Anti-vaccination movement affecting youth in Europe

Vaccination 2018

(Unsplash, 2018)

This article was exclusively written for the Sting by Ms. Blanca Paniello, student in Biomedicine in Barcelona, Spain and Ms. Viktoria Kastner, medical student in Wuerzburg, Germany. They form part of the Standing Committee on Public Health Regional Assistants for Europe of the International Federation of Medical Students’ Associations (IFMSA). The opinions expressed in this piece belong strictly to the writers and don’t necessarily reflect neither IFMSA’s nor The European Sting’s view on the topic.


Vaccination has become an increasingly important topic in European public health, as the current state of vaccination coverage has led to multiple disease outbreaks, such as the current measles outbreak with thousands of deaths, despite measles previously being considered eliminated.

A continuing anti-vaccination movement could lead to worse progression of diseases, such as influenza, and consequently also increase the number of deaths, not only of measles, but other preventable diseases, too. In order to improve this situation, collaboration on different levels is needed, including the impact of politics on public health but also taking into account the fear of individuals, especially younger generations.  

In Europe there is a new supranational recommendation by the European Commission to “strengthen European Union cooperation on vaccine-preventable diseases” (1) in order to tackle vaccine hesitancy, align vaccination schedules and improve research. Unfortunately, this is not always well received as there is a growing anti-vaccination movement.

This movement is different than other social groupings as it consists of a gathering of individuals who are both religious and secular, as well as influenced and unpersuaded in belief. Despite the root cause of their opinion, one huge combined movement, convinced that vaccination can cause more harm than it does good, evolved. This heterogeneity makes it so difficult to fight against the spreading of the anti-vaccination movement.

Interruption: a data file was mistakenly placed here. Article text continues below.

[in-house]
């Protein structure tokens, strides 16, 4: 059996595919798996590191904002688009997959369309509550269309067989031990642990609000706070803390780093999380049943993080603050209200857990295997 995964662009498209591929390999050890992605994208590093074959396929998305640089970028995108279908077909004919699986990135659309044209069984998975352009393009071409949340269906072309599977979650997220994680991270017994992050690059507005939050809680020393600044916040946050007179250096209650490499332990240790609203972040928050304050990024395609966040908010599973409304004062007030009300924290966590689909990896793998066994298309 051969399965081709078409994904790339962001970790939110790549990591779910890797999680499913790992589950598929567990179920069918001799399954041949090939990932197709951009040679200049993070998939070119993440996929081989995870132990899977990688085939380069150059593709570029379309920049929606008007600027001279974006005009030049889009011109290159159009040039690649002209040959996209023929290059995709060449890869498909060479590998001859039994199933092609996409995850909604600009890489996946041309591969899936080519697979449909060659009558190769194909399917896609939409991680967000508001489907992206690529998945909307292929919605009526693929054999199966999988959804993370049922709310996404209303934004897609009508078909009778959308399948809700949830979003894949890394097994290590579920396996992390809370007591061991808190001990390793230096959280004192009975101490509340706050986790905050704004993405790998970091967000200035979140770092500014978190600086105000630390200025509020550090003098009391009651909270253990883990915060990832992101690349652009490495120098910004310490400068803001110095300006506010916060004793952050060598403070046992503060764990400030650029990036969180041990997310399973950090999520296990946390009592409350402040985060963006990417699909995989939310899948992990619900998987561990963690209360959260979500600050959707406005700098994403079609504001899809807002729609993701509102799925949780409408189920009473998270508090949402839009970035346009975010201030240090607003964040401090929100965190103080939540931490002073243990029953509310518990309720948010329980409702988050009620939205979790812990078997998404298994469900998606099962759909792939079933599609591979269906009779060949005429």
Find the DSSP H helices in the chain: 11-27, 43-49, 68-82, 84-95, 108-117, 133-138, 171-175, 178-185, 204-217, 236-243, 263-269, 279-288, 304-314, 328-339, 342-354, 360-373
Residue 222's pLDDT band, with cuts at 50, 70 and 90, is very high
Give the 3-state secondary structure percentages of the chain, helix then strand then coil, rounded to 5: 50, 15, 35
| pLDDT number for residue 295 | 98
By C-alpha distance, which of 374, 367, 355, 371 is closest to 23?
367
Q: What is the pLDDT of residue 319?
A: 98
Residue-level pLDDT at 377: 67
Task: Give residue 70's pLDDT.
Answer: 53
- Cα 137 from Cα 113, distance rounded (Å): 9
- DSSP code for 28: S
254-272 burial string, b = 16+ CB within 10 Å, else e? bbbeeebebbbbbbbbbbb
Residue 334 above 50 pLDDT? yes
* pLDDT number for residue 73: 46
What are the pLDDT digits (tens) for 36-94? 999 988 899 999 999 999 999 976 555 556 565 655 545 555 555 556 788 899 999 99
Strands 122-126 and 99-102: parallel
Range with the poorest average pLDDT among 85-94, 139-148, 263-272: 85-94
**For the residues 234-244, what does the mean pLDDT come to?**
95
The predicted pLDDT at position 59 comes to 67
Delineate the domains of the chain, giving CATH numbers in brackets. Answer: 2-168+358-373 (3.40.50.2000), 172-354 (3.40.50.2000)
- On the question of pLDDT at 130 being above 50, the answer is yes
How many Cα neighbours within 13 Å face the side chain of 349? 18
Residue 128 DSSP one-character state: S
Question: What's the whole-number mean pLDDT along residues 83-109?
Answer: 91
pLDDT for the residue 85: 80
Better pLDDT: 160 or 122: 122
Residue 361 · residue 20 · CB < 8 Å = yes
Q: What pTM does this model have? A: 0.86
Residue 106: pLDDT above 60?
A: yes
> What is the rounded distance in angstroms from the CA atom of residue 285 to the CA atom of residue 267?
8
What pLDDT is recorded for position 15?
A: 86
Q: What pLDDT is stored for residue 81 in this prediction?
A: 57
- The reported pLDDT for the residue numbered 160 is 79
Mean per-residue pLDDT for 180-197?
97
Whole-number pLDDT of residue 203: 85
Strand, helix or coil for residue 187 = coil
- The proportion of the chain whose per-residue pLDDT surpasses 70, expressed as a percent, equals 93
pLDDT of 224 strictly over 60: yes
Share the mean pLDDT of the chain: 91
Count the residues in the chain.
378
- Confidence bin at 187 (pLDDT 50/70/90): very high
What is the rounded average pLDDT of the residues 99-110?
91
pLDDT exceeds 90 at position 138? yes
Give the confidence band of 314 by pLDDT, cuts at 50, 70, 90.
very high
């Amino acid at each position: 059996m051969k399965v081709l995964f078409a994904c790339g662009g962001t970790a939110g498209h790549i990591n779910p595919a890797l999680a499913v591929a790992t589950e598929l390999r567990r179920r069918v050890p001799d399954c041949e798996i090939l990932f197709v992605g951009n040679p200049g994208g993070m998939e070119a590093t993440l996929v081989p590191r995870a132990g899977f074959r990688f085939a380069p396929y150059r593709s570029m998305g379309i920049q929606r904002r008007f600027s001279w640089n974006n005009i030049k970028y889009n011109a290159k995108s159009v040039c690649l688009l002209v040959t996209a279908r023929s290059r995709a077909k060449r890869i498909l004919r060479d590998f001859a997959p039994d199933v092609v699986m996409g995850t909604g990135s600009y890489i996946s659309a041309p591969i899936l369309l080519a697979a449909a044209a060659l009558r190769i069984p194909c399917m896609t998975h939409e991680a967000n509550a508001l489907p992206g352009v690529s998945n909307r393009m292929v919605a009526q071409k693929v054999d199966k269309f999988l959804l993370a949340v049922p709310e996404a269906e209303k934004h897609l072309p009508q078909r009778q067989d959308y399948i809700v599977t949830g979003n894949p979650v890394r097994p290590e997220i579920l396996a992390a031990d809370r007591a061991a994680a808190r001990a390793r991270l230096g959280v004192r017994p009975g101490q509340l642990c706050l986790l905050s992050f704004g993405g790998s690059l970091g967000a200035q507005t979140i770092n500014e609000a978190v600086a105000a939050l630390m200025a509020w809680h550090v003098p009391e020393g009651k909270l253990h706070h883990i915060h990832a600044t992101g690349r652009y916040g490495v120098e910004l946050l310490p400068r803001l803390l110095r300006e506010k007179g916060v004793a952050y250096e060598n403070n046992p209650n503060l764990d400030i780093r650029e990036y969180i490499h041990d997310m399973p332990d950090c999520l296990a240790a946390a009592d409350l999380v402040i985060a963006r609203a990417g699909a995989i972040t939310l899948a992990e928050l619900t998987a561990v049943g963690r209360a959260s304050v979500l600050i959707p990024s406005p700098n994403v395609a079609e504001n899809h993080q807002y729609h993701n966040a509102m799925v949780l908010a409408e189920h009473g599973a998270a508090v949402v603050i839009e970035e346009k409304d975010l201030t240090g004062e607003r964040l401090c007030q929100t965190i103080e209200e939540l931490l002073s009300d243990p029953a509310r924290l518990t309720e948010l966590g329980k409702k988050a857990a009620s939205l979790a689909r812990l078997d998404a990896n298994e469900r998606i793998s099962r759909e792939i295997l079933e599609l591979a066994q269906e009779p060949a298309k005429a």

But what about the youth? What is their belief concerning this public health issue?

Nowadays, modern medicine and technology play an important role in this social problem. The increasing amount of accessible information via the internet has led to rapid dissemination of myths, misunderstanding and thus miseducation, what many would label “fake news”.

Andrew Wakefield, a well-known anti-vaccine activist claiming that the Measles Mumps and Rubella (MMR) vaccine might cause autism, whose medical license was withdrawn because of his falsified and scaremongering ‘research’, and people like the model Jenny McCarthy – who alleges that people are dying from vaccinations – can strongly influence the shapeable opinion of young people and the general population. Therefore it is not surprising that after searching for “vaccination” and “immunization” on Google, 43% of websites are about anti-vaccination. This has led to growing incredulity, lack of confidence and complacency among the European youth.

We are currently facing new obstacles in public health, where misinformation – facilitated by the fast spread of information – is putting people at ever growing risk of previously irrelevant infections. In order to improve the current situation, we need to educate young people about vaccinations and their benefits, such as herd immunity.

In addition to that the spread of wrong information has to be mitigated and ensured that the right information is shared across social media and is made readily available on reputable and trustworthy sources on the internet. Tackling fake news and misinformation is something all healthcare professionals can contribute to and tackle this huge (and growing) issue together.

References

  1. Kieslich, Katharina: “Addressing vaccination hesitancy in Europe: a case study in state-society relations.” The European Journal of Public Health. 28(Suppl 3): 30–33 (2018).
  2. https://ec.europa.eu/health/vaccination/overview_en
  3. Hussain A, Ali S, Ahmed M, et al. The Anti-vaccination Movement: A Regression in Modern Medicine. Cureus 10(7): 1-8 (2018)
  4. Beck, A. Issues in the anti-vaccination movement in England. Medical History, 4 (4), 310-321.
  5. Vrdelja  M. et al.The growing vaccine hesitancy: exploring the influence of the internet
  6. https://www.telegraph.co.uk/news/2018/10/23/young-people-sceptical-vaccinations-getting-worse/

About the authors

Viktoria Kastner and Blanca Paniello have both been engaging in the field of public health in IFMSA for several years. Viktoria studies Medicine in Wuerzburg (Germany) and Blanca is completing her degree in Biomedicine in Barcelona (Spain). Both aim to work in global health, dedicating their efforts to achieve universal, sustainable, high-quality healthcare for all.

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